The Pros and Cons of Cat Collars

If you own a barn cat or a cat that spends most of its time outdoors, you should definitely consider buying your feline friend a collar. Similarly, indoor cats should get chipped and flea treated, but the collar is merely optional. Here are the pros and cons of cat collars. Read on to discover how they can improve your cat’s quality of life. You can even choose to wear an ID tag to make your pet more identifiable.

Bellied collars are noisy

Bellied collars can be irritating to your cat. Most pet owners are apprehensive about their cats’ noise, but they may be surprised to learn that these devices can also protect them from wildlife and birds. Because cats are natural hunters, their bells are a valuable tool to protect their homes and properties. Cats can learn to move without triggering the bell, which can be especially beneficial for those who live in confined spaces, such as basements.

Fitting a collar to your cat

The first step to fitting a collar to your cat is to prepare a tasty treat for your feline friend. Hold the collar a few inches from your cat’s head and hold the ends in both your hands. Slide the collar under her chin and up on top. This may take a little practice, but your cat should be comfortable in its new collar before you proceed to the next step. You may also wish to make a small, inexpensive collar so that your feline companion can wear it on its own.

ID tag

Indoor cats should wear a collar with ID tag at all times. The type of collar that your cat wears will also impact how well it accepts it. Thin collars with small ID tags are easier to adjust to, and your cat is more likely to accept the collar if the tag is small. Avoid using two ID tags because they add weight and may clang against each other. If your cat is particularly recalcitrant, consider removing one ID tag and replacing it with a new one.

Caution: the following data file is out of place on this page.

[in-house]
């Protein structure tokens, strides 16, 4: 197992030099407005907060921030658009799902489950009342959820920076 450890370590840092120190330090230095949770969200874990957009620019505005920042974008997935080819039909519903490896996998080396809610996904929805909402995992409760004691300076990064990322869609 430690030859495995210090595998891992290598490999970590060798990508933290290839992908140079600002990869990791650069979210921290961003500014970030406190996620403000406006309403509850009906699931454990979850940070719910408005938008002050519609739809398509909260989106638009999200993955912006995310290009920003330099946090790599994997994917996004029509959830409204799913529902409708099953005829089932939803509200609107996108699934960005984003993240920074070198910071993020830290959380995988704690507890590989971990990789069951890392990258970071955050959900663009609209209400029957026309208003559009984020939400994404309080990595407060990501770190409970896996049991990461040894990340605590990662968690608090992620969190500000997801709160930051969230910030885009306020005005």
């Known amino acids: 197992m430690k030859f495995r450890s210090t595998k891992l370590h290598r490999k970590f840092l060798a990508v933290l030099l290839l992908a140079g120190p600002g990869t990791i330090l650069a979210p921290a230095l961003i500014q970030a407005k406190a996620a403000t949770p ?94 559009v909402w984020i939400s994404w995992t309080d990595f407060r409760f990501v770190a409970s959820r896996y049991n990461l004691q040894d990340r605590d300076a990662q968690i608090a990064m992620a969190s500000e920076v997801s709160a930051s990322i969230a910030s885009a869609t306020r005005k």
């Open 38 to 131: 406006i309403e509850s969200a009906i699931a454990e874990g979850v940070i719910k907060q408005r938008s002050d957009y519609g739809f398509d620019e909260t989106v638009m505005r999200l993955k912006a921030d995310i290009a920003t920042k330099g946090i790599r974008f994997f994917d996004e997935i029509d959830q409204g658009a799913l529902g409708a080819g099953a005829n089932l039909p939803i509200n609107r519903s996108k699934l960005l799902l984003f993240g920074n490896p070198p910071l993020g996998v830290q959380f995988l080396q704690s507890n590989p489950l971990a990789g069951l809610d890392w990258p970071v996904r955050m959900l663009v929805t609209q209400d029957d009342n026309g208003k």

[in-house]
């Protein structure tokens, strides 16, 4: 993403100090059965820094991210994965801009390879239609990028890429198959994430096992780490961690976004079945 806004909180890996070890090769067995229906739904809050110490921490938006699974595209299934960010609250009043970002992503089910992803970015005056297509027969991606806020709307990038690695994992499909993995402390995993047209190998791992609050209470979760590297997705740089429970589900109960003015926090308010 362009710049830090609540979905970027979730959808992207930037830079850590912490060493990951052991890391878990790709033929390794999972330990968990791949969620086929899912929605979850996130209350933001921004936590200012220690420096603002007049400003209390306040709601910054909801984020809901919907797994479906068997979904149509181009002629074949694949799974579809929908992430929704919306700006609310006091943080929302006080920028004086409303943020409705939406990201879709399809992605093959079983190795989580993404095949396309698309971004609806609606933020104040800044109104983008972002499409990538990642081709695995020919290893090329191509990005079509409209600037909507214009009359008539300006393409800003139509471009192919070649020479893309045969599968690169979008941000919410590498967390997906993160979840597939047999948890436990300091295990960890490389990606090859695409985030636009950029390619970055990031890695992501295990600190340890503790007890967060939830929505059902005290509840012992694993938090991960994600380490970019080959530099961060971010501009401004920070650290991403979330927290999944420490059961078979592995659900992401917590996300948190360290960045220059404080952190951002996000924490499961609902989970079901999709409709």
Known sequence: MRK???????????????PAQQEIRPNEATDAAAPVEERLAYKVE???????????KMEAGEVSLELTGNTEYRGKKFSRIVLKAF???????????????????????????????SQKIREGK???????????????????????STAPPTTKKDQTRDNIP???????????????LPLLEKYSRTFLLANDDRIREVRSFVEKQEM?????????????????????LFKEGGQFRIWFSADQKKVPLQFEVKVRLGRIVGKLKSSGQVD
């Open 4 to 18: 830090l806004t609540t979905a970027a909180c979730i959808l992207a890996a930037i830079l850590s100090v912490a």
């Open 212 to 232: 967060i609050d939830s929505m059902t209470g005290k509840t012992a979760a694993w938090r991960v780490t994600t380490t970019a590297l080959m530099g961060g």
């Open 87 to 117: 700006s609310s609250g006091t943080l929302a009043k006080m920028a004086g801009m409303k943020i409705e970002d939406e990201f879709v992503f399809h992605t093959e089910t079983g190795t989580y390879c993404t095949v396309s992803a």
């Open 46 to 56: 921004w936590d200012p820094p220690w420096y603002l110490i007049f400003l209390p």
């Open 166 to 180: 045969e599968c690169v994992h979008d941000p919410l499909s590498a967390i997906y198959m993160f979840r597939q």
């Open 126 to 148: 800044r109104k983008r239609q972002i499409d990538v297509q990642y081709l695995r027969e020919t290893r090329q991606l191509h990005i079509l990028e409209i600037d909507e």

Bells on cat collars are an excellent option for preventing your cat from roaming off. However, a cat may not be bothered by a bell as it may upset sensitive or shy cats. If you are concerned about this, you can try using CatBibs instead of bells. However, bells have several disadvantages that should be considered before buying them. Firstly, cats dislike the sound of the bell and may take some time to get used to them. Secondly, they may not like the smell of the collar, the feel of the collar, or the way you place them.


If you want to make your cat more comfortable wearing a collar, you should make the transition to it a positive experience. Many cats actually don’t mind wearing a collar. In fact, nearly three out of four cats do not mind wearing a collar. If you want your cat to adjust quickly to wearing a collar, consider investing in a breakaway collar. These collars are strong but lightweight, so your pet will quickly become accustomed to wearing one.


Cats love to explore. They can easily become trapped in collars and suffer injuries trying to get free. Collars can rub their skin and can cause soreness or even loss of fur around the neck. Cats have very small throats, so they cannot release themselves if they are caught in a collar. Similarly, a collar can get caught on branches, which may cause them to be strangled. If this happens, it is important to remove the collar and place a splinter-proof one over it.

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